Revisiting the reproducibility of empirical software engineering studies based on data retrieved from development repositories
Context: In 2012, our paper ‘‘On the reproducibility of empirical software engineering studies based on data retrieved from development repositories’’ was published. It proposed a method for assessing the reproducibility of studies based on mining software repositories (MSR studies). Since then, several approaches have happened with respect to the study of the reproducibility of this kind of studies. Objective: To revisit the proposals of that paper, analyzing to which extent they remain valid, and how they relate to current initiatives and studies on reproducibility and validation of research results in empirical software engineering. Method: We analyze the most relevant studies affecting assumptions or consequences of the approach of the original paper, and other initiatives related to the evaluation of replicability aspects of empirical software engineering studies. We compare the results of that analysis with the results of the original study, finding similarities and differences. We also run a reproducibility assessment study on current MSR papers. Based on the comparison, and the applicability of the method to current papers, we draw conclusions on the validity of the approach of the original paper. Main lessons learned: The method proposed in the original paper is still valid, and compares well with other more recent methods. It matches the results of relevant studies on reproducibility, and a systematic comparison with them shows that our approach is aligned with their proposals. Our method has practical use, and complements well the current major initiatives on the review of reproducibility artifacts. As a side result, we learn that the reproducibility of MSR studies has improved during the last decade. Vision: We propose to use our approach as a fundamental element of a more profound review of the reproducibility of MSR studies, and of the characterization of validation studies in this realm.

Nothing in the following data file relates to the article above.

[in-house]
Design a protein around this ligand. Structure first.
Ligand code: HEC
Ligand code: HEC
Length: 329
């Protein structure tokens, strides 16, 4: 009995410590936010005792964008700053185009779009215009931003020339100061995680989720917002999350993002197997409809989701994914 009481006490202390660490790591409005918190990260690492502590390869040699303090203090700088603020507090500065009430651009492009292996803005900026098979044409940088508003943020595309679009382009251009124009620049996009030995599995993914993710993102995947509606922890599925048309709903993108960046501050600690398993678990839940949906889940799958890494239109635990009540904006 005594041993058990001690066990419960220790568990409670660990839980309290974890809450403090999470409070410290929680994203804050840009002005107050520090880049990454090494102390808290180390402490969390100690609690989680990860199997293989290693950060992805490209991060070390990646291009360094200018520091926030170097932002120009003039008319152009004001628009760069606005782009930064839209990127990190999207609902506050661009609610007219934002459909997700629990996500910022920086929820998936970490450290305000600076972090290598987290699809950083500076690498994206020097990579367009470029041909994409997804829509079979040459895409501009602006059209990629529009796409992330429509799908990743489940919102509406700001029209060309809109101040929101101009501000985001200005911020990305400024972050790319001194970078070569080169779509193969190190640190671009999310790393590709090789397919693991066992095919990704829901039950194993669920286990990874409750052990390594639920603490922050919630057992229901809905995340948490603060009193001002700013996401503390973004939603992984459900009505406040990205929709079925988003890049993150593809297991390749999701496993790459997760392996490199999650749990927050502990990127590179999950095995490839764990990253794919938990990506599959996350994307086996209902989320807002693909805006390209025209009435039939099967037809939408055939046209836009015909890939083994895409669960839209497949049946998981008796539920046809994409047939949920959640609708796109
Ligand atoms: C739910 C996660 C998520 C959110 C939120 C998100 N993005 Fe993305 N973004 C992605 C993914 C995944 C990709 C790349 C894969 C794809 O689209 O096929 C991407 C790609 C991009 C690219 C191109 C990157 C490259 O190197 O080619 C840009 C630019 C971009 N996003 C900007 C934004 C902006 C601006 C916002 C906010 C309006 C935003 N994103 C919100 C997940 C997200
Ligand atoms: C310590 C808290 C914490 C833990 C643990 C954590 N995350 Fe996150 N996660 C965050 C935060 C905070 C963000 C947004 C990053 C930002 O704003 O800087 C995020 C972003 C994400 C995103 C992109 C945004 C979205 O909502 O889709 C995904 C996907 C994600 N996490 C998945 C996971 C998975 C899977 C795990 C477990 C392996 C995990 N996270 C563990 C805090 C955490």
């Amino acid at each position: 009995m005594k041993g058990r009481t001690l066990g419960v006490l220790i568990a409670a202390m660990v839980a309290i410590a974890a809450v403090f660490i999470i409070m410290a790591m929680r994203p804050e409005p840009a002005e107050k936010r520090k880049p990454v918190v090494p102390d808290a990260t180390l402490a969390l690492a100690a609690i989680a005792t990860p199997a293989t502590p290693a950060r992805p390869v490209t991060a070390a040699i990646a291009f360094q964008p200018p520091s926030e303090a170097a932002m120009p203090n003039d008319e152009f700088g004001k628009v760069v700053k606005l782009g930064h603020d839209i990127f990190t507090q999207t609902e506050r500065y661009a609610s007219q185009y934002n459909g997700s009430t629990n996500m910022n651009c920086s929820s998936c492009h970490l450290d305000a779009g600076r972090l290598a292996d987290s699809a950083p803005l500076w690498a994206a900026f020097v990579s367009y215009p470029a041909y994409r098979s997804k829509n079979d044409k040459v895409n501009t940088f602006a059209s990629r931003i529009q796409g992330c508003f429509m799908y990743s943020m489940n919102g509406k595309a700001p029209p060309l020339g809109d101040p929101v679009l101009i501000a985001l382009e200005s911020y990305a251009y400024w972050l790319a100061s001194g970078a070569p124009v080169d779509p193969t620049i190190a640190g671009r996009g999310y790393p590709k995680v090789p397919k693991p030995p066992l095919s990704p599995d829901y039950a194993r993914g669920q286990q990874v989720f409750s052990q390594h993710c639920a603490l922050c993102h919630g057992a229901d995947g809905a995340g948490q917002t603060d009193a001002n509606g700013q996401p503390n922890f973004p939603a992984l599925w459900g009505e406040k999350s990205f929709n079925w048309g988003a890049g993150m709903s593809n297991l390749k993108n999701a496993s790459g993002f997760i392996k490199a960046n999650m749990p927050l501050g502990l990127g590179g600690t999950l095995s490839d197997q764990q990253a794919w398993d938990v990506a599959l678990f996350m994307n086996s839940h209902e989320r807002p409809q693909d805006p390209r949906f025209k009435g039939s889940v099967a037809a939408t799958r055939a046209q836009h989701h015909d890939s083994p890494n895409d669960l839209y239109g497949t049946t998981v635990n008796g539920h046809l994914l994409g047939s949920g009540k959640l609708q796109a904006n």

The research presented in this paper has been supported in part by the Government of Spain , through project “Dependentium” (PID2022-139551NB-I00).
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